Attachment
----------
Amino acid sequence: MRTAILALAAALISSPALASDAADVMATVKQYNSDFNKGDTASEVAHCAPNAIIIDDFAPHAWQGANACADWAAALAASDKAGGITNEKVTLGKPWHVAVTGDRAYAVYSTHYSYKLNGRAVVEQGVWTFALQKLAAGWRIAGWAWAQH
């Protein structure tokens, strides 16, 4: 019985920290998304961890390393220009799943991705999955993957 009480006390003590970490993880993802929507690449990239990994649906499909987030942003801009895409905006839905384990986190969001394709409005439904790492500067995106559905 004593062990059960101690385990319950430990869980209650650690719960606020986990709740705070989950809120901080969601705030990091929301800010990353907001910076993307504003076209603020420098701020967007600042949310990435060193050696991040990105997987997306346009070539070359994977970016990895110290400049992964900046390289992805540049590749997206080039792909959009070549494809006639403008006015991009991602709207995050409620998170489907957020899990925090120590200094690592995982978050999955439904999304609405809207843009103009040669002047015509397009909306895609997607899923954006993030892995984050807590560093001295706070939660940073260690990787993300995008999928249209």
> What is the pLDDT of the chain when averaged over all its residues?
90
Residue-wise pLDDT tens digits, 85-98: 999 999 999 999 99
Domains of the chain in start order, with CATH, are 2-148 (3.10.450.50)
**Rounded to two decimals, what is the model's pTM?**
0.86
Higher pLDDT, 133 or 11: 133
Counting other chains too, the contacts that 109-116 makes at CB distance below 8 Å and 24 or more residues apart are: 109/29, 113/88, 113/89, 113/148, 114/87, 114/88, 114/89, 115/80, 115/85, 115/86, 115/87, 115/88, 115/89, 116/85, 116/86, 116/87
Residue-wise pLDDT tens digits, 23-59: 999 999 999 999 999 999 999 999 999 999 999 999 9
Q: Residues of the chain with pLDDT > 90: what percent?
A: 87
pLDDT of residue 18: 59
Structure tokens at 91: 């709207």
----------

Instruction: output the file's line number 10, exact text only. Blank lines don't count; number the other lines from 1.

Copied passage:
Counting other chains too, the contacts that 109-116 makes at CB distance below 8 Å and 24 or more residues apart are: 109/29, 113/88, 113/89, 113/148, 114/87, 114/88, 114/89, 115/80, 115/85, 115/86, 115/87, 115/88, 115/89, 116/85, 116/86, 116/87